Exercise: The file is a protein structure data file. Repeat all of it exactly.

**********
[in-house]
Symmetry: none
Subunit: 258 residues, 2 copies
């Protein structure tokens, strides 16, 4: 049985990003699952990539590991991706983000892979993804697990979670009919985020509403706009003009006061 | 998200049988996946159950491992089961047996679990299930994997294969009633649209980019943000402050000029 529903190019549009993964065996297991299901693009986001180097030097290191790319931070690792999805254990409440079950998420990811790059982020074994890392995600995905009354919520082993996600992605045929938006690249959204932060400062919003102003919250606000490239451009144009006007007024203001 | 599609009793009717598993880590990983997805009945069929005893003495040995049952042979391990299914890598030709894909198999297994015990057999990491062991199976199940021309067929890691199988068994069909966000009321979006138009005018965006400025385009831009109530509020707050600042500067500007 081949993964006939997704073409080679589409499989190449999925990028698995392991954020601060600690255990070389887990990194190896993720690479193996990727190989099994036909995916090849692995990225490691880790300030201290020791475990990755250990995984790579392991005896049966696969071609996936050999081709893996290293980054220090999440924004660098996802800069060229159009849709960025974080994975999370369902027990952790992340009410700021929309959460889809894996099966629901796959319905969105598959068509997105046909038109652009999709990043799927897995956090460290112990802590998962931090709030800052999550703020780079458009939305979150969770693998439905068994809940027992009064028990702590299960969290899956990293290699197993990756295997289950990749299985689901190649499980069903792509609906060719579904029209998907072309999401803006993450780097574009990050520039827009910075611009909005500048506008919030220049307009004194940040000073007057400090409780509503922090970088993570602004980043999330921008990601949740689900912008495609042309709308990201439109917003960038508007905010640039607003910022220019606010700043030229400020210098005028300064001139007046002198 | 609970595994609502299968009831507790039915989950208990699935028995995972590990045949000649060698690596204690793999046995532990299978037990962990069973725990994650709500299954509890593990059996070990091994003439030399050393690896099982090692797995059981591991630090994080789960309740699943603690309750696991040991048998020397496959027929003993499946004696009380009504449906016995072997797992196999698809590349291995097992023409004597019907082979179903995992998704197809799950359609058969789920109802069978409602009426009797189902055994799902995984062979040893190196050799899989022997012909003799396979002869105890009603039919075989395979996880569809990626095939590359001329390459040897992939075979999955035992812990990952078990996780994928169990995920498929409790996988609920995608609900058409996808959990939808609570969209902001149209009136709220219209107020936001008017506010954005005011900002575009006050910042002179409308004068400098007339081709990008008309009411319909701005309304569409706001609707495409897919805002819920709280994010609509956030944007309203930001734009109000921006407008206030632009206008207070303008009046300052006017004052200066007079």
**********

[in-house]
Symmetry: none
Subunit: 258 residues, 2 copies
């Protein structure tokens, strides 16, 4: 049985990003699952990539590991991706983000892979993804697990979670009919985020509403706009003009006061 | 998200049988996946159950491992089961047996679990299930994997294969009633649209980019943000402050000029 529903190019549009993964065996297991299901693009986001180097030097290191790319931070690792999805254990409440079950998420990811790059982020074994890392995600995905009354919520082993996600992605045929938006690249959204932060400062919003102003919250606000490239451009144009006007007024203001 | 599609009793009717598993880590990983997805009945069929005893003495040995049952042979391990299914890598030709894909198999297994015990057999990491062991199976199940021309067929890691199988068994069909966000009321979006138009005018965006400025385009831009109530509020707050600042500067500007 081949993964006939997704073409080679589409499989190449999925990028698995392991954020601060600690255990070389887990990194190896993720690479193996990727190989099994036909995916090849692995990225490691880790300030201290020791475990990755250990995984790579392991005896049966696969071609996936050999081709893996290293980054220090999440924004660098996802800069060229159009849709960025974080994975999370369902027990952790992340009410700021929309959460889809894996099966629901796959319905969105598959068509997105046909038109652009999709990043799927897995956090460290112990802590998962931090709030800052999550703020780079458009939305979150969770693998439905068994809940027992009064028990702590299960969290899956990293290699197993990756295997289950990749299985689901190649499980069903792509609906060719579904029209998907072309999401803006993450780097574009990050520039827009910075611009909005500048506008919030220049307009004194940040000073007057400090409780509503922090970088993570602004980043999330921008990601949740689900912008495609042309709308990201439109917003960038508007905010640039607003910022220019606010700043030229400020210098005028300064001139007046002198 | 609970595994609502299968009831507790039915989950208990699935028995995972590990045949000649060698690596204690793999046995532990299978037990962990069973725990994650709500299954509890593990059996070990091994003439030399050393690896099982090692797995059981591991630090994080789960309740699943603690309750696991040991048998020397496959027929003993499946004696009380009504449906016995072997797992196999698809590349291995097992023409004597019907082979179903995992998704197809799950359609058969789920109802069978409602009426009797189902055994799902995984062979040893190196050799899989022997012909003799396979002869105890009603039919075989395979996880569809990626095939590359001329390459040897992939075979999955035992812990990952078990996780994928169990995920498929409790996988609920995608609900058409996808959990939808609570969209902001149209009136709220219209107020936001008017506010954005005011900002575009006050910042002179409308004068400098007339081709990008008309009411319909701005309304569409706001609707495409897919805002819920709280994010609509956030944007309203930001734009109000921006407008206030632009206008207070303008009046300052006017004052200066007079």